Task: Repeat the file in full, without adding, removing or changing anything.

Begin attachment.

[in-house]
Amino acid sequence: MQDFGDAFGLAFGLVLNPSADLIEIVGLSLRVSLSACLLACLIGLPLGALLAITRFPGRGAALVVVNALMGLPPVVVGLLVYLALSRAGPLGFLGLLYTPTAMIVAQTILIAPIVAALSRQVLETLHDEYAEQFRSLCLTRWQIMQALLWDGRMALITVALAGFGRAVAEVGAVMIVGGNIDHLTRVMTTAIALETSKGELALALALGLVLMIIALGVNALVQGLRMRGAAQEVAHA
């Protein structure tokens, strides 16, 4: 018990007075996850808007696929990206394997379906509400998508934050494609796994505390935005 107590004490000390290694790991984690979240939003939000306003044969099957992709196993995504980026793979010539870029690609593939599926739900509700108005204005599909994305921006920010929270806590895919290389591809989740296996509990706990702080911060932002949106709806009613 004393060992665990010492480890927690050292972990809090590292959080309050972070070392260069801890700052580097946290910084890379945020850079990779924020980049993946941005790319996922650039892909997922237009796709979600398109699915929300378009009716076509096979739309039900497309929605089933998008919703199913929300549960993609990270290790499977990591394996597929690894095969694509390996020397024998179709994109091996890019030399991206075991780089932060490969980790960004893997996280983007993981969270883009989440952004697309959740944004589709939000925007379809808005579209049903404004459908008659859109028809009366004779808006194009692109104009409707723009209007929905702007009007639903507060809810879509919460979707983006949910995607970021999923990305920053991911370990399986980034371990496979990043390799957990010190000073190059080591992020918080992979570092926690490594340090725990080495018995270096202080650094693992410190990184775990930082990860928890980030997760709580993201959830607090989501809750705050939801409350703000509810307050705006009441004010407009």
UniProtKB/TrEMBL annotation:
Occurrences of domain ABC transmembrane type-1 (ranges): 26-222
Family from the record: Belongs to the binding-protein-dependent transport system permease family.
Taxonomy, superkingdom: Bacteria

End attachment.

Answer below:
[in-house]
Amino acid sequence: MQDFGDAFGLAFGLVLNPSADLIEIVGLSLRVSLSACLLACLIGLPLGALLAITRFPGRGAALVVVNALMGLPPVVVGLLVYLALSRAGPLGFLGLLYTPTAMIVAQTILIAPIVAALSRQVLETLHDEYAEQFRSLCLTRWQIMQALLWDGRMALITVALAGFGRAVAEVGAVMIVGGNIDHLTRVMTTAIALETSKGELALALALGLVLMIIALGVNALVQGLRMRGAAQEVAHA
């Protein structure tokens, strides 16, 4: 018990007075996850808007696929990206394997379906509400998508934050494609796994505390935005 107590004490000390290694790991984690979240939003939000306003044969099957992709196993995504980026793979010539870029690609593939599926739900509700108005204005599909994305921006920010929270806590895919290389591809989740296996509990706990702080911060932002949106709806009613 004393060992665990010492480890927690050292972990809090590292959080309050972070070392260069801890700052580097946290910084890379945020850079990779924020980049993946941005790319996922650039892909997922237009796709979600398109699915929300378009009716076509096979739309039900497309929605089933998008919703199913929300549960993609990270290790499977990591394996597929690894095969694509390996020397024998179709994109091996890019030399991206075991780089932060490969980790960004893997996280983007993981969270883009989440952004697309959740944004589709939000925007379809808005579209049903404004459908008659859109028809009366004779808006194009692109104009409707723009209007929905702007009007639903507060809810879509919460979707983006949910995607970021999923990305920053991911370990399986980034371990496979990043390799957990010190000073190059080591992020918080992979570092926690490594340090725990080495018995270096202080650094693992410190990184775990930082990860928890980030997760709580993201959830607090989501809750705050939801409350703000509810307050705006009441004010407009």
UniProtKB/TrEMBL annotation:
Occurrences of domain ABC transmembrane type-1 (ranges): 26-222
Family from the record: Belongs to the binding-protein-dependent transport system permease family.
Taxonomy, superkingdom: Bacteria